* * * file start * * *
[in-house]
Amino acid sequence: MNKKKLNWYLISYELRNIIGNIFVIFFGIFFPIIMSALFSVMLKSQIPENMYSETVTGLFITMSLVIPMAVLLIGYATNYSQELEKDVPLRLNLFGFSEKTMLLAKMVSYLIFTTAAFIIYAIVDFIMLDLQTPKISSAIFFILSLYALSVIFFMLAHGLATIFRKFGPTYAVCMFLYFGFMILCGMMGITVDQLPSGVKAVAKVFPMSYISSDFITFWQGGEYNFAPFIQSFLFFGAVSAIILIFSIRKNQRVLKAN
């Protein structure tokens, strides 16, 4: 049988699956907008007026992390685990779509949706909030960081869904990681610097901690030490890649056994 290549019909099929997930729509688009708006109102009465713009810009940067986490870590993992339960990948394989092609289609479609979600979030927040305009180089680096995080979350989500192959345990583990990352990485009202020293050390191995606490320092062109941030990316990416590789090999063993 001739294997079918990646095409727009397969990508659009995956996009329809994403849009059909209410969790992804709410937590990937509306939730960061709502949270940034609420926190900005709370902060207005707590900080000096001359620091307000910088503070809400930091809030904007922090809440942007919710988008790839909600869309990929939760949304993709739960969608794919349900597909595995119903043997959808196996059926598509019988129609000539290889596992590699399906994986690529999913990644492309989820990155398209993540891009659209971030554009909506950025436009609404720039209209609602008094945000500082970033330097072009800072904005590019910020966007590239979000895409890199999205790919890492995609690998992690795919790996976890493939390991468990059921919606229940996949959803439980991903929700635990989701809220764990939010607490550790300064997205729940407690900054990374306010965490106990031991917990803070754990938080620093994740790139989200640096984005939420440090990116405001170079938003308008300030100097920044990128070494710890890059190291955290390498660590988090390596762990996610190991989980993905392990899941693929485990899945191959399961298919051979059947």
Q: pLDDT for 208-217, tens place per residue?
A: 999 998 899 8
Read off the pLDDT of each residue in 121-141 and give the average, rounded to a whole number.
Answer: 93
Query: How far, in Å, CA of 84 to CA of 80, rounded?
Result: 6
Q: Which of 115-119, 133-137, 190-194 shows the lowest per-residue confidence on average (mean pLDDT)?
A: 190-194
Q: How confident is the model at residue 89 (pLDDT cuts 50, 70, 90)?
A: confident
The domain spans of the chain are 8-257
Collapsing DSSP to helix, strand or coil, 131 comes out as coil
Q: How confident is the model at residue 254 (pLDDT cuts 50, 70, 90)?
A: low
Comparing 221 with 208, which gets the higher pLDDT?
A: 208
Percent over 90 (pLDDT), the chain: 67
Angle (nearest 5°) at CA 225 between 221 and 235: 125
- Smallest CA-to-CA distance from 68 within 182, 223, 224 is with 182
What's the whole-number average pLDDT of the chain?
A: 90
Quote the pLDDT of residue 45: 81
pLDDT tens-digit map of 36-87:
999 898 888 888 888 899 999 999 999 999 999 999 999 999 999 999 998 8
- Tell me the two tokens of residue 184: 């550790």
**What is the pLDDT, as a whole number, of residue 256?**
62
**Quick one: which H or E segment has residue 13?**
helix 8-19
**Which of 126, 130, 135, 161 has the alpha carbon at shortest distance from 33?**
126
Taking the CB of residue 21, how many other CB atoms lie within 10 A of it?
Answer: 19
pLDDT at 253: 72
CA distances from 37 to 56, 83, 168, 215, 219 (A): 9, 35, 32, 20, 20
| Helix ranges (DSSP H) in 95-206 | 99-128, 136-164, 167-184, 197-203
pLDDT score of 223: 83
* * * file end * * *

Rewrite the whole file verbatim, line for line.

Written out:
[in-house]
Amino acid sequence: MNKKKLNWYLISYELRNIIGNIFVIFFGIFFPIIMSALFSVMLKSQIPENMYSETVTGLFITMSLVIPMAVLLIGYATNYSQELEKDVPLRLNLFGFSEKTMLLAKMVSYLIFTTAAFIIYAIVDFIMLDLQTPKISSAIFFILSLYALSVIFFMLAHGLATIFRKFGPTYAVCMFLYFGFMILCGMMGITVDQLPSGVKAVAKVFPMSYISSDFITFWQGGEYNFAPFIQSFLFFGAVSAIILIFSIRKNQRVLKAN
């Protein structure tokens, strides 16, 4: 049988699956907008007026992390685990779509949706909030960081869904990681610097901690030490890649056994 290549019909099929997930729509688009708006109102009465713009810009940067986490870590993992339960990948394989092609289609479609979600979030927040305009180089680096995080979350989500192959345990583990990352990485009202020293050390191995606490320092062109941030990316990416590789090999063993 001739294997079918990646095409727009397969990508659009995956996009329809994403849009059909209410969790992804709410937590990937509306939730960061709502949270940034609420926190900005709370902060207005707590900080000096001359620091307000910088503070809400930091809030904007922090809440942007919710988008790839909600869309990929939760949304993709739960969608794919349900597909595995119903043997959808196996059926598509019988129609000539290889596992590699399906994986690529999913990644492309989820990155398209993540891009659209971030554009909506950025436009609404720039209209609602008094945000500082970033330097072009800072904005590019910020966007590239979000895409890199999205790919890492995609690998992690795919790996976890493939390991468990059921919606229940996949959803439980991903929700635990989701809220764990939010607490550790300064997205729940407690900054990374306010965490106990031991917990803070754990938080620093994740790139989200640096984005939420440090990116405001170079938003308008300030100097920044990128070494710890890059190291955290390498660590988090390596762990996610190991989980993905392990899941693929485990899945191959399961298919051979059947």
Q: pLDDT for 208-217, tens place per residue?
A: 999 998 899 8
Read off the pLDDT of each residue in 121-141 and give the average, rounded to a whole number.
Answer: 93
Query: How far, in Å, CA of 84 to CA of 80, rounded?
Result: 6
Q: Which of 115-119, 133-137, 190-194 shows the lowest per-residue confidence on average (mean pLDDT)?
A: 190-194
Q: How confident is the model at residue 89 (pLDDT cuts 50, 70, 90)?
A: confident
The domain spans of the chain are 8-257
Collapsing DSSP to helix, strand or coil, 131 comes out as coil
Q: How confident is the model at residue 254 (pLDDT cuts 50, 70, 90)?
A: low
Comparing 221 with 208, which gets the higher pLDDT?
A: 208
Percent over 90 (pLDDT), the chain: 67
Angle (nearest 5°) at CA 225 between 221 and 235: 125
- Smallest CA-to-CA distance from 68 within 182, 223, 224 is with 182
What's the whole-number average pLDDT of the chain?
A: 90
Quote the pLDDT of residue 45: 81
pLDDT tens-digit map of 36-87:
999 898 888 888 888 899 999 999 999 999 999 999 999 999 999 999 998 8
- Tell me the two tokens of residue 184: 């550790």
**What is the pLDDT, as a whole number, of residue 256?**
62
**Quick one: which H or E segment has residue 13?**
helix 8-19
**Which of 126, 130, 135, 161 has the alpha carbon at shortest distance from 33?**
126
Taking the CB of residue 21, how many other CB atoms lie within 10 A of it?
Answer: 19
pLDDT at 253: 72
CA distances from 37 to 56, 83, 168, 215, 219 (A): 9, 35, 32, 20, 20
| Helix ranges (DSSP H) in 95-206 | 99-128, 136-164, 167-184, 197-203
pLDDT score of 223: 83